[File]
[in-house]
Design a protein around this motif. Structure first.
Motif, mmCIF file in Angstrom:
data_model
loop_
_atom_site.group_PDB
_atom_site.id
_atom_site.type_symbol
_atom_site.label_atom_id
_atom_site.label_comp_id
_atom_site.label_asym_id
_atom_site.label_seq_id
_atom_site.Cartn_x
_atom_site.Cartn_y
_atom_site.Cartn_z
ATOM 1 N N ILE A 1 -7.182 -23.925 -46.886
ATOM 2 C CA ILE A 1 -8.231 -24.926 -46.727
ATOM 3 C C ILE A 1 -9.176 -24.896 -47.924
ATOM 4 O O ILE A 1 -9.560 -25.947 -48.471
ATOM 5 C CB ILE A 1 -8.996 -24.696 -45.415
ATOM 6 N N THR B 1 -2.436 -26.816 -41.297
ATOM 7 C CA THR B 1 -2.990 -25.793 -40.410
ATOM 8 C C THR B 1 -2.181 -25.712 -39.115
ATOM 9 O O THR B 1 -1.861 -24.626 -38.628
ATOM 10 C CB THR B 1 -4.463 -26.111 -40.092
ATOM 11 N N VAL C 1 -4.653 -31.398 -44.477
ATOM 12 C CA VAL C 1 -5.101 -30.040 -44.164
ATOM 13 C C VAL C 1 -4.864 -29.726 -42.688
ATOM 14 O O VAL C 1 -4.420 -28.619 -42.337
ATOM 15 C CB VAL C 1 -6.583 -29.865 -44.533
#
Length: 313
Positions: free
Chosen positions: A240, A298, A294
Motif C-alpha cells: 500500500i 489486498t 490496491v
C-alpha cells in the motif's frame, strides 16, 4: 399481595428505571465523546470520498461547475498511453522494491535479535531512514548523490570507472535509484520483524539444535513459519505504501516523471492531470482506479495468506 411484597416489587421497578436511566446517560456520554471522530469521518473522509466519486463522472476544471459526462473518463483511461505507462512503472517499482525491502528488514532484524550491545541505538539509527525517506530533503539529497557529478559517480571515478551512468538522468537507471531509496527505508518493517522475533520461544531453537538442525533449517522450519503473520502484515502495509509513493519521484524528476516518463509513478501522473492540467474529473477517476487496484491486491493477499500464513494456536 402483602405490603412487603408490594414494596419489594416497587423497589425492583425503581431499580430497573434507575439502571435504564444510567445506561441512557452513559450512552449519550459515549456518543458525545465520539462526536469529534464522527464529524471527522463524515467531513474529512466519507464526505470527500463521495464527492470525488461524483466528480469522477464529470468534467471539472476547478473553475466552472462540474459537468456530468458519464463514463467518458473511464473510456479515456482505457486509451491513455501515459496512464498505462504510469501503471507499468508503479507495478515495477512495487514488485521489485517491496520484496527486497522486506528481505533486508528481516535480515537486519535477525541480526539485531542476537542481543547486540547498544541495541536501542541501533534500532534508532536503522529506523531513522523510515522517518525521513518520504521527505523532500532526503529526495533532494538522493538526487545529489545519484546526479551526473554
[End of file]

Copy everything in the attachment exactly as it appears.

[in-house]
Design a protein around this motif. Structure first.
Motif, mmCIF file in Angstrom:
data_model
loop_
_atom_site.group_PDB
_atom_site.id
_atom_site.type_symbol
_atom_site.label_atom_id
_atom_site.label_comp_id
_atom_site.label_asym_id
_atom_site.label_seq_id
_atom_site.Cartn_x
_atom_site.Cartn_y
_atom_site.Cartn_z
ATOM 1 N N ILE A 1 -7.182 -23.925 -46.886
ATOM 2 C CA ILE A 1 -8.231 -24.926 -46.727
ATOM 3 C C ILE A 1 -9.176 -24.896 -47.924
ATOM 4 O O ILE A 1 -9.560 -25.947 -48.471
ATOM 5 C CB ILE A 1 -8.996 -24.696 -45.415
ATOM 6 N N THR B 1 -2.436 -26.816 -41.297
ATOM 7 C CA THR B 1 -2.990 -25.793 -40.410
ATOM 8 C C THR B 1 -2.181 -25.712 -39.115
ATOM 9 O O THR B 1 -1.861 -24.626 -38.628
ATOM 10 C CB THR B 1 -4.463 -26.111 -40.092
ATOM 11 N N VAL C 1 -4.653 -31.398 -44.477
ATOM 12 C CA VAL C 1 -5.101 -30.040 -44.164
ATOM 13 C C VAL C 1 -4.864 -29.726 -42.688
ATOM 14 O O VAL C 1 -4.420 -28.619 -42.337
ATOM 15 C CB VAL C 1 -6.583 -29.865 -44.533
#
Length: 313
Positions: free
Chosen positions: A240, A298, A294
Motif C-alpha cells: 500500500i 489486498t 490496491v
C-alpha cells in the motif's frame, strides 16, 4: 399481595428505571465523546470520498461547475498511453522494491535479535531512514548523490570507472535509484520483524539444535513459519505504501516523471492531470482506479495468506 411484597416489587421497578436511566446517560456520554471522530469521518473522509466519486463522472476544471459526462473518463483511461505507462512503472517499482525491502528488514532484524550491545541505538539509527525517506530533503539529497557529478559517480571515478551512468538522468537507471531509496527505508518493517522475533520461544531453537538442525533449517522450519503473520502484515502495509509513493519521484524528476516518463509513478501522473492540467474529473477517476487496484491486491493477499500464513494456536 402483602405490603412487603408490594414494596419489594416497587423497589425492583425503581431499580430497573434507575439502571435504564444510567445506561441512557452513559450512552449519550459515549456518543458525545465520539462526536469529534464522527464529524471527522463524515467531513474529512466519507464526505470527500463521495464527492470525488461524483466528480469522477464529470468534467471539472476547478473553475466552472462540474459537468456530468458519464463514463467518458473511464473510456479515456482505457486509451491513455501515459496512464498505462504510469501503471507499468508503479507495478515495477512495487514488485521489485517491496520484496527486497522486506528481505533486508528481516535480515537486519535477525541480526539485531542476537542481543547486540547498544541495541536501542541501533534500532534508532536503522529506523531513522523510515522517518525521513518520504521527505523532500532526503529526495533532494538522493538526487545529489545519484546526479551526473554